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Côte de Beaune


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The Côte de Beaune is a strip of land making up the southern part of the limestone escarpment home to Burgundy's greatest vineyards: the Côte d'Or. While the Côte de Beaune is certainly home to some of the world's leading red wines, made exclusively from the Pinot Noir grape, it is more famous for its Chardonnay-based white wine. While Chardonnay makes some great wines across the world, for a number of people the rich, nutty but completely dry flavors of white Burgundy cannot be exceeded.

An high number of outstanding, famous villages are contained within the Côte de Beaune. For the purposes of convenience, all pages relating to Montrachet have been grouped into their own section, as have the Corton-related areas. All the major Côte de Beaune villages are covered here, as well as the generic appellations of the Côte de Beaune. Of course, the eight Grands Crus of the Côte de Beaune are given detailed coverage.

History

Like the northern part of the Côte d'Or, the Côte de Beaune dates back to prehistoric days. But only after the royalty and papacy of early France became interested in the wines of the region did any semblance of a reputation begin to exist. As strides were made in wine technology, producers realized that the Chardonnay grape made the best wines in their area. For several centuries now, the Côte de Beaune has been one of the best places for dry white wine in the world.

In the 20th century, regulation of the wine produced continued with the AOC specifications. The region's popularity suffered a shake-up when Chateau Montelena of California defeated a few top examples of their wine in the 1976 Judgement of Paris. The Judgement was criticized for being unfair, but the superiority of Burgundy wine--the white at least--had been thrown into question. Undoubtedly, the great Burgundy producers had begun to think they were invincible and rest on their laurels. Nowadays, California and Burgundy compete intensely for the top-end Chardonnay market.

Climate and Viticulture

The Côte d'Or is topologically a limestone escarpment--in other words, a slope made up of banks of limestone. This is mainly responsible for giving the Côte de Beaune wine, at its best, a wonderfully rich character. The Côte de Beaune is more versatile than the Côte de Nuits, as it produces red wine as well as white wine, and both of them are world-class. Many red wine drinkers favor the reds of Corton, Pommard and Volnay over the more expensive, exclusive Côte de Nuits examples.

Limestone is, of course, responsible for the greatness of this wine. Nowhere else in the world is such an optimum concentration of limestone combined with an equally optimum climate. The relative warmth of the Côte de Beaune keeps the wines rich rather than lean and acidic, like they can be in the more northerly Chablis. The further south you go, with a few exceptions, the less intense the wines are.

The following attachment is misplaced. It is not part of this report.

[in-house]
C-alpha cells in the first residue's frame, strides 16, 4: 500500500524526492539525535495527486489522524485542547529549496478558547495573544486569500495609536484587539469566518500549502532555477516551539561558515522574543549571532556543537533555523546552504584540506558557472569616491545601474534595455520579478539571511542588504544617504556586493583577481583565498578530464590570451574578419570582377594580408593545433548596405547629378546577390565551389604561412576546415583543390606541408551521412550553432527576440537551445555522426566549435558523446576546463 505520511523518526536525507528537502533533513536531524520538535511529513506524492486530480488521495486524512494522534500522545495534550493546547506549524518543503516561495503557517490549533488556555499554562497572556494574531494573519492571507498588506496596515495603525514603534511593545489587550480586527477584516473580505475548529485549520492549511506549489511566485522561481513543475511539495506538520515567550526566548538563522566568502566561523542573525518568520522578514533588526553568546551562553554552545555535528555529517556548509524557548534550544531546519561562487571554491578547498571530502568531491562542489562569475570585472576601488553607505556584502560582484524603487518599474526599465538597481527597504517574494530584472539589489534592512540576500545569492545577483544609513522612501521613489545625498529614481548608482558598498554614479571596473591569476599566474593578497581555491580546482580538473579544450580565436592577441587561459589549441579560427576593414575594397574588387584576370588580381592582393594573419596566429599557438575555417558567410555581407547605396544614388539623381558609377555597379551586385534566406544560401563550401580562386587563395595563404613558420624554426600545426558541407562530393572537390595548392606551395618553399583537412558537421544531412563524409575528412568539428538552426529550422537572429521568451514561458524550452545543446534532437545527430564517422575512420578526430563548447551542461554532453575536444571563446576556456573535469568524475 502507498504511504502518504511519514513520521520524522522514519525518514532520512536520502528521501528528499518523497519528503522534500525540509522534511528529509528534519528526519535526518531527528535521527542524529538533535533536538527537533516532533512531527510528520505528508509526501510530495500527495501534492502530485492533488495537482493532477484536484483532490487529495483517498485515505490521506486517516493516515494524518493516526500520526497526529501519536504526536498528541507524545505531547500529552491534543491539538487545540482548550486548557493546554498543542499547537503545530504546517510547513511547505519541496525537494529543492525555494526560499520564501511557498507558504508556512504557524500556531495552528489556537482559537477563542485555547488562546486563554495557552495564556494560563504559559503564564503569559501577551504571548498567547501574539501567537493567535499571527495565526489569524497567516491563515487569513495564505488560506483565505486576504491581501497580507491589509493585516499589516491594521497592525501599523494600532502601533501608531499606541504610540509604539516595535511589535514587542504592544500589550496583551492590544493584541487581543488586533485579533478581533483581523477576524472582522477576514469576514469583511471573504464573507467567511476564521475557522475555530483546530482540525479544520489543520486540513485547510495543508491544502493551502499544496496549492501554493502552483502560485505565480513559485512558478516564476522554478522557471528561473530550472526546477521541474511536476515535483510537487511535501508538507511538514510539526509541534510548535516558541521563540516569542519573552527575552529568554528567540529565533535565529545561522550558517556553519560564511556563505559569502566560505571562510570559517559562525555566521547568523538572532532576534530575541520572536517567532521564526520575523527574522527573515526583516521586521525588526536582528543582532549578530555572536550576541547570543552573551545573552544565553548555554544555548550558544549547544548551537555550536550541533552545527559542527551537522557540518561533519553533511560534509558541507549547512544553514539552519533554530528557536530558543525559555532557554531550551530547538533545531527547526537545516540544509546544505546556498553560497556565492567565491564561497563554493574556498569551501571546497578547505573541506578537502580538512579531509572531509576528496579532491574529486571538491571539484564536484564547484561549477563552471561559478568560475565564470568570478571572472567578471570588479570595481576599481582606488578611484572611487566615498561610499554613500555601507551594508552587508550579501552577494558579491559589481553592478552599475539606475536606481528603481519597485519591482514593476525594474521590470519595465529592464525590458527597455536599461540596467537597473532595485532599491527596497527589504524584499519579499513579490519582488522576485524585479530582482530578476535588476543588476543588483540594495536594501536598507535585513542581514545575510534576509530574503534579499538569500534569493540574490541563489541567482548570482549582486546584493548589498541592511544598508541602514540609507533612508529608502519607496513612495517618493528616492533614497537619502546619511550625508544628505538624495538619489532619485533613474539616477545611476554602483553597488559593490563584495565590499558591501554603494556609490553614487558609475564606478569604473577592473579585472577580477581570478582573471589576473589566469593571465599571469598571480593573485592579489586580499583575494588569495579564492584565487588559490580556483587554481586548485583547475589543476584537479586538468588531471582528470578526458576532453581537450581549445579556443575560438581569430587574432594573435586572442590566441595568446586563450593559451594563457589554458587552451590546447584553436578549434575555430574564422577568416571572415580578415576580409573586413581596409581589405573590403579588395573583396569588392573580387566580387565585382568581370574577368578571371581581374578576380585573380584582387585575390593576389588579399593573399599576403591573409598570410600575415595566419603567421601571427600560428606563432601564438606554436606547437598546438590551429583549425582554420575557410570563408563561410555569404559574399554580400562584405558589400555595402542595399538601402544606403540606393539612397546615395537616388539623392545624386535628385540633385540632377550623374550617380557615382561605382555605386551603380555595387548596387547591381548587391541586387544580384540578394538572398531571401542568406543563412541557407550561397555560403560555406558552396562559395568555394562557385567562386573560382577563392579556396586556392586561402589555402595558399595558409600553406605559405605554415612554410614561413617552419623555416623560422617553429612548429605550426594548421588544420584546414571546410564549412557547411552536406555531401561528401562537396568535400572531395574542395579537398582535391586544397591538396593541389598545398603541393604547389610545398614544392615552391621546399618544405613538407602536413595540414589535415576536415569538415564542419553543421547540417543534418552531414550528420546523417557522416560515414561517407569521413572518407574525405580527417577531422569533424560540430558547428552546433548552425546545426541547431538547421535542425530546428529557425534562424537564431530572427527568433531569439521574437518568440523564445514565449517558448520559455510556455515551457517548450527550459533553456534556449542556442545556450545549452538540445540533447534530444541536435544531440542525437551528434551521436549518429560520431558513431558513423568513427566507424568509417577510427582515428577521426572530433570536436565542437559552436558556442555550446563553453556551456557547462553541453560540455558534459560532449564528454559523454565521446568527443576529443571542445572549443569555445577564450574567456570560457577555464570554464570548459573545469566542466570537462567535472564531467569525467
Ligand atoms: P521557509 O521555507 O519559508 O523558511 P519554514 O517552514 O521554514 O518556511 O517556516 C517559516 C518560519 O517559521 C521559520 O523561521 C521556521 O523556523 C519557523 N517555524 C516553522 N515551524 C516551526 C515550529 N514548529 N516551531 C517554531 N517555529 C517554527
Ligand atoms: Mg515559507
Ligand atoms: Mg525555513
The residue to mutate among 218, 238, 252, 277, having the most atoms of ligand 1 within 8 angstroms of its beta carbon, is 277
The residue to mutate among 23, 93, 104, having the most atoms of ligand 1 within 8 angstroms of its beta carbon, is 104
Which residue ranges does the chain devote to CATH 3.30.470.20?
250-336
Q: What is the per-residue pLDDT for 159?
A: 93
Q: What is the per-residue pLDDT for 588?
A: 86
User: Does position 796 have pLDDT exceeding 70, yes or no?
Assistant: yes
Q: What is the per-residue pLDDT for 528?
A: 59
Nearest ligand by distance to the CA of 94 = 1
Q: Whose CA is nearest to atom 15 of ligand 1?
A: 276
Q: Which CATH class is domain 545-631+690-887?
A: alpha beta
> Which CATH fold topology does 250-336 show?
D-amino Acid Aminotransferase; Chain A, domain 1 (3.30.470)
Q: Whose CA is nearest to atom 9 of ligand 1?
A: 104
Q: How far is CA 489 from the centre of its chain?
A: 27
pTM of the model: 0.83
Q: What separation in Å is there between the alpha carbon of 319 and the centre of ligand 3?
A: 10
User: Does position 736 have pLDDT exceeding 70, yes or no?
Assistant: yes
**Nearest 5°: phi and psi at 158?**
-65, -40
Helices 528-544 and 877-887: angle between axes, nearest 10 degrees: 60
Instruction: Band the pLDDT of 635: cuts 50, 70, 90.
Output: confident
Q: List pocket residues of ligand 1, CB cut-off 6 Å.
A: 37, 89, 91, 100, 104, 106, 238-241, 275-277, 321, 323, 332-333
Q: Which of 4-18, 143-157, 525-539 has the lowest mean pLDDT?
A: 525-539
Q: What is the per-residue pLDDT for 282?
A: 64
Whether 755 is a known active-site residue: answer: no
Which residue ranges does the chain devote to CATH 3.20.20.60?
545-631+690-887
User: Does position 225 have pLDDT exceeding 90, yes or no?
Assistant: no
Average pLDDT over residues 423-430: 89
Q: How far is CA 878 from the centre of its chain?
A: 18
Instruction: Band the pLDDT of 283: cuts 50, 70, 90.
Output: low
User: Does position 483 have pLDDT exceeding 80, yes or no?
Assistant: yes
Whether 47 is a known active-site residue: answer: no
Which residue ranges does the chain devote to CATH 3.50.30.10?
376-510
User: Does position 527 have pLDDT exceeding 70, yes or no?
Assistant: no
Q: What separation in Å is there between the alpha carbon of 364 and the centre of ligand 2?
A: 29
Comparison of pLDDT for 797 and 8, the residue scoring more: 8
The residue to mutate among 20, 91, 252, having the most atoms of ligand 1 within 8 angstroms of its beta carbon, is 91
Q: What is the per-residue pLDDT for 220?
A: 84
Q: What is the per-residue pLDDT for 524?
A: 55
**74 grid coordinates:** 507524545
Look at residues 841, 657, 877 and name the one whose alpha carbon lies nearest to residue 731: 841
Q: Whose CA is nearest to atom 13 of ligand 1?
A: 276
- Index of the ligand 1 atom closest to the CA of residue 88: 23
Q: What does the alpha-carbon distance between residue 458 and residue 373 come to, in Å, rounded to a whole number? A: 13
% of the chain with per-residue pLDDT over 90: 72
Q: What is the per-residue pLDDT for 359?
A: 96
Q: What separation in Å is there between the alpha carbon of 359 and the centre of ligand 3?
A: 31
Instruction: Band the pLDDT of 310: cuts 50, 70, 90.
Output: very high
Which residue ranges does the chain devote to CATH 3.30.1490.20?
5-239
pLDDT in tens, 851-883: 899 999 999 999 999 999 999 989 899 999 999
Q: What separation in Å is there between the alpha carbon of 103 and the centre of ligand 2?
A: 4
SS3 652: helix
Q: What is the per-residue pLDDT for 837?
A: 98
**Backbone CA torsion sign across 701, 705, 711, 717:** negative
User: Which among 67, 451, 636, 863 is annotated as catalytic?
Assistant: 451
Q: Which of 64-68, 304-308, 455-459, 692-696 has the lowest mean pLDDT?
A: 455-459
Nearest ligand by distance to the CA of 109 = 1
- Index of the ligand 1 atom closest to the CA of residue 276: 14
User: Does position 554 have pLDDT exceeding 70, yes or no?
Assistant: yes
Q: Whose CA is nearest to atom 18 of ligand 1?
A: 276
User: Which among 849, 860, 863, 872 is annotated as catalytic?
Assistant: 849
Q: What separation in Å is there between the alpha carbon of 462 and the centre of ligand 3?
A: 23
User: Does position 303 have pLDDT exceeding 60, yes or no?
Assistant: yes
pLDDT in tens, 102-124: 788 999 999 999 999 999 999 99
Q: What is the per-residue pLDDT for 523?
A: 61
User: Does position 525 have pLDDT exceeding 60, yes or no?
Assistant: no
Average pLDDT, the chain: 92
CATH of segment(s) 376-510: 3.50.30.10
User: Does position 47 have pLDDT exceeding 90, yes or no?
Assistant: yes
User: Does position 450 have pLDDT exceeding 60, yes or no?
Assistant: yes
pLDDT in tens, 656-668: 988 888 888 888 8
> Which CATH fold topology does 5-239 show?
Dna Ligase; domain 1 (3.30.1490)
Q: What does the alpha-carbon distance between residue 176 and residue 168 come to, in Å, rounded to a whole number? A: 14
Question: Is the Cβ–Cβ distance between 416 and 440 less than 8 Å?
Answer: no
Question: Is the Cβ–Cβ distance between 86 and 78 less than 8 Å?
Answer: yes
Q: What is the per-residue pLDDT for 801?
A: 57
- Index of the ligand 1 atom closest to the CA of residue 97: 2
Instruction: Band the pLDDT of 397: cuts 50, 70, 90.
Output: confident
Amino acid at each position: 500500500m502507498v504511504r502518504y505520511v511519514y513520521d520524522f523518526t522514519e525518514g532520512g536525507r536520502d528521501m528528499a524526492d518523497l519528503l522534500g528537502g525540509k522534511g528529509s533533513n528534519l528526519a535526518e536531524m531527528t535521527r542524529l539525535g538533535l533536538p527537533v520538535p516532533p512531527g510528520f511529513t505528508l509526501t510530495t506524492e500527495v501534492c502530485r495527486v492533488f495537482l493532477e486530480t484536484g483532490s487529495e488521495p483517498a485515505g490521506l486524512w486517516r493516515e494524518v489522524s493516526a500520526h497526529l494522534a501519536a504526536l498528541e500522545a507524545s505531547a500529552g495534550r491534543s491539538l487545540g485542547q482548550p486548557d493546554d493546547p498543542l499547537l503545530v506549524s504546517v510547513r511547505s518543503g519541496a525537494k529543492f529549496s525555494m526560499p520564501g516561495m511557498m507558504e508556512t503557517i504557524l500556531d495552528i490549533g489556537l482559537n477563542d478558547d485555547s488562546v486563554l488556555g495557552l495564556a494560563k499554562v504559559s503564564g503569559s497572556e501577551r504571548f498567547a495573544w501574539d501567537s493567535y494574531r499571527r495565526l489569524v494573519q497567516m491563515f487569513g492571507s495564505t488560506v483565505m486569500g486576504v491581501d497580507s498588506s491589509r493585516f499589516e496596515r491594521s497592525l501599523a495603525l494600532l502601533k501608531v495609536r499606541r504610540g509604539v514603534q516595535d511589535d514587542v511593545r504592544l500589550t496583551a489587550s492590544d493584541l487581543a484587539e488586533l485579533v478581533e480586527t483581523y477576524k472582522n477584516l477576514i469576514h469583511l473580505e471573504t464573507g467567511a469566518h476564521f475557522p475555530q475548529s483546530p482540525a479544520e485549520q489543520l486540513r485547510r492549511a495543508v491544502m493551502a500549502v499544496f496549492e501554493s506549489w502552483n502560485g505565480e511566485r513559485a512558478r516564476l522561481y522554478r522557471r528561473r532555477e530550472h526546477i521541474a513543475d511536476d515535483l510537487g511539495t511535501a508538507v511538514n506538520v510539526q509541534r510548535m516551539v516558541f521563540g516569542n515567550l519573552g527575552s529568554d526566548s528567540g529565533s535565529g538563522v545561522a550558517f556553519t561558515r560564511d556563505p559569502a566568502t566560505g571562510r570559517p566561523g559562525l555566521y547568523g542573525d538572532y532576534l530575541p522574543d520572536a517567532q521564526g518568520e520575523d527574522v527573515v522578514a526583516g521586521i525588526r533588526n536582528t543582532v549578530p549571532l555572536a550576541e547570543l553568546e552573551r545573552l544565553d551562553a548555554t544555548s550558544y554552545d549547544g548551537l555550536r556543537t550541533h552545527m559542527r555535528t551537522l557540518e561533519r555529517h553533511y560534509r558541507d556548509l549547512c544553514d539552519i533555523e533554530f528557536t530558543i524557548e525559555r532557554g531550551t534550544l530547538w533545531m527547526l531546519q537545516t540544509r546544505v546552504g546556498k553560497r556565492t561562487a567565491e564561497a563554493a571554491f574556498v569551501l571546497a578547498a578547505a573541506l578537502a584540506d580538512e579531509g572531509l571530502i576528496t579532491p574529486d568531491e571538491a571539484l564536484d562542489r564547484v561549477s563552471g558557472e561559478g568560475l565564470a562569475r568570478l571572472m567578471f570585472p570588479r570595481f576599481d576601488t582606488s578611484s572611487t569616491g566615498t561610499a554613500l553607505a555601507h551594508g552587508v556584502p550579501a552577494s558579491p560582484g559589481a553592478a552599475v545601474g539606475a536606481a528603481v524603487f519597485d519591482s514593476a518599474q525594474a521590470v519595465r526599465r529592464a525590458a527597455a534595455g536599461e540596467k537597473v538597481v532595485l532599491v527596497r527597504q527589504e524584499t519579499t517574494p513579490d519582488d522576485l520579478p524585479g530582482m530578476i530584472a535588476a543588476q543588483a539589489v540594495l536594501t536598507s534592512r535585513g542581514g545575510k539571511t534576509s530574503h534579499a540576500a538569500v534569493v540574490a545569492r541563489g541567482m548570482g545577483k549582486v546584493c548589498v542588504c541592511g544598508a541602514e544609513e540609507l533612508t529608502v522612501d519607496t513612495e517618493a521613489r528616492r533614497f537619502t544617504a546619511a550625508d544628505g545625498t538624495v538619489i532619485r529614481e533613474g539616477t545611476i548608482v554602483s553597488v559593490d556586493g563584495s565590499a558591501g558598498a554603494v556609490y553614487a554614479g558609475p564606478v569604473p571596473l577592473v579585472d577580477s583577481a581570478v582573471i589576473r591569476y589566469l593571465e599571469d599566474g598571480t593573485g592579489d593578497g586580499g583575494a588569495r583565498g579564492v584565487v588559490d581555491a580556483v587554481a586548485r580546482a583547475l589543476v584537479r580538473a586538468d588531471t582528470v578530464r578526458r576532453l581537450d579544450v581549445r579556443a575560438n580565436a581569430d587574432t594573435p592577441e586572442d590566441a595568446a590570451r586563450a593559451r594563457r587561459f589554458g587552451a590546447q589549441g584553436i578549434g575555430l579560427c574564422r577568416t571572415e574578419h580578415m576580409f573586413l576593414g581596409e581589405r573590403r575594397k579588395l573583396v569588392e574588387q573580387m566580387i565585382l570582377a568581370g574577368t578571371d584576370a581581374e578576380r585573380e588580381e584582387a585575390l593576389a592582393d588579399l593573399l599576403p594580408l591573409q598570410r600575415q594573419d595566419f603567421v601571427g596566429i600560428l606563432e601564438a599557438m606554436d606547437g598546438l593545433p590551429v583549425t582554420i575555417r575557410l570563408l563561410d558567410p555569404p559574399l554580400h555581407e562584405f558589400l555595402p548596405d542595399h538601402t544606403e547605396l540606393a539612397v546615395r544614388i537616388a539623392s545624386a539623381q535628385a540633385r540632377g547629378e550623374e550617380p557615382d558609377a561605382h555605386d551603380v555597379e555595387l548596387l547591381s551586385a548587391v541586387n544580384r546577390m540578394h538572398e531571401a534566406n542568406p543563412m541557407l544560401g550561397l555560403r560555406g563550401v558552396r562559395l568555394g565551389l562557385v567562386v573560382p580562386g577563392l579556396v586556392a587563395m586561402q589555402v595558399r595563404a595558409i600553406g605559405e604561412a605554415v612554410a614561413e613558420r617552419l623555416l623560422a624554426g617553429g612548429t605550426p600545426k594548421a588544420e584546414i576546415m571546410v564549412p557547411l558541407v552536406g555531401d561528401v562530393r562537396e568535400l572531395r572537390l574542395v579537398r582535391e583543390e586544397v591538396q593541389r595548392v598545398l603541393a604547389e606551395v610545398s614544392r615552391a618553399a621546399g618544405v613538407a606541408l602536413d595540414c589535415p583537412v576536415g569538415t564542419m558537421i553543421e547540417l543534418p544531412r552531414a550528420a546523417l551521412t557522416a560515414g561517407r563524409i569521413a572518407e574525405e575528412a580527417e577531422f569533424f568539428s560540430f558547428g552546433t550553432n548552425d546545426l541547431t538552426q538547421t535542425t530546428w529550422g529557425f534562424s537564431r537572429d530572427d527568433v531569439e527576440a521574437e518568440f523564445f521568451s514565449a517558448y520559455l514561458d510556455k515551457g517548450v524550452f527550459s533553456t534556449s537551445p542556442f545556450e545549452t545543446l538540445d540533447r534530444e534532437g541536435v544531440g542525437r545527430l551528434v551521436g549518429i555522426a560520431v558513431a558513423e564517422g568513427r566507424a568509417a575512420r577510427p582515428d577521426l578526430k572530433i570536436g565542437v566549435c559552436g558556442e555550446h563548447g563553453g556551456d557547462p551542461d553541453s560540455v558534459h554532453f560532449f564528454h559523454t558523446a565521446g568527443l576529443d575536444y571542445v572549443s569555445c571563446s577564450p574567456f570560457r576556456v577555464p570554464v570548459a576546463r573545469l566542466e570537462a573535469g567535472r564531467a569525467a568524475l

Nonetheless, terroir is of great importance here, and specific things like the slope of a hill, unusual climate conditions, and of course soil, are more important and are described on the individual pages.

Grape Varieties

Chardonnay is the grape that does the best here, making wines of a full, perfectly balanced richness and power. Due to the number of acidic, over-oaked, bland wines machined out by a number of inferior producers, Chardonnay in general has been given a quaffing-wine, downmarket image in about the past 10 years. When yields are low and production value is high, great Burgundy can be the antithesis to these examples. In fact, it can reach the peaks of white wine elegance.

Pinot Noir is secondary in the Côte de Beaune, but it's nonetheless a world-class area for Pinot, if not quite as much so as the Côte de Nuits. Main areas are Corton, Pommard, and Volnay; most of the Pinot Noir is less intense and more perfumed than in the Côte de Nuits, but terroir is once again a factor. Notably, more Pinot than Chardonnay is actually made in the Côte de Beaune, but almost all the highest-priced and highest-quality offerings are Chardonnay.

Major Producers

A list of the important négociants can be found on the Burgundy page. Any Burgundian négociant worth its salt will have holdings in the Côte de Beaune.

Just like in the rest of Burgundy, the appellation is much more important than the producer. However, there are a few famous Grand Cru producers in the Côte de Beaune that deserve special mention. These five domaines typically command the highest prices and praise in the Côte de Beaune.

Subregions

The base AOC of the Côte de Beaune is, in a confusing, distinctly Burgundian way, not Côte de Beaune AOC. Côte de Beaune AOC is in fact a small, almost irrelevant AOC for a tiny area of vineyards high on the slope. The real basic AOC is called Côte de Beaune-Villages, and it contains most good Côte de Beaune that doesn't fall under a particular village AOC. Keep in mind that only red wine is made in this appellation. Also look for values from Bourgogne Hautes-Côte de Beaune, an appellation for the wine made from the other side of the slope. This is rarely outstanding stuff but can provide good deals. Négociants tend to dominate production for both of these appellations.

Buyers with more money and ambition tend to look towards a higher level of appellation; either a village or Premier or Grand Cru will usually be what appeals to them.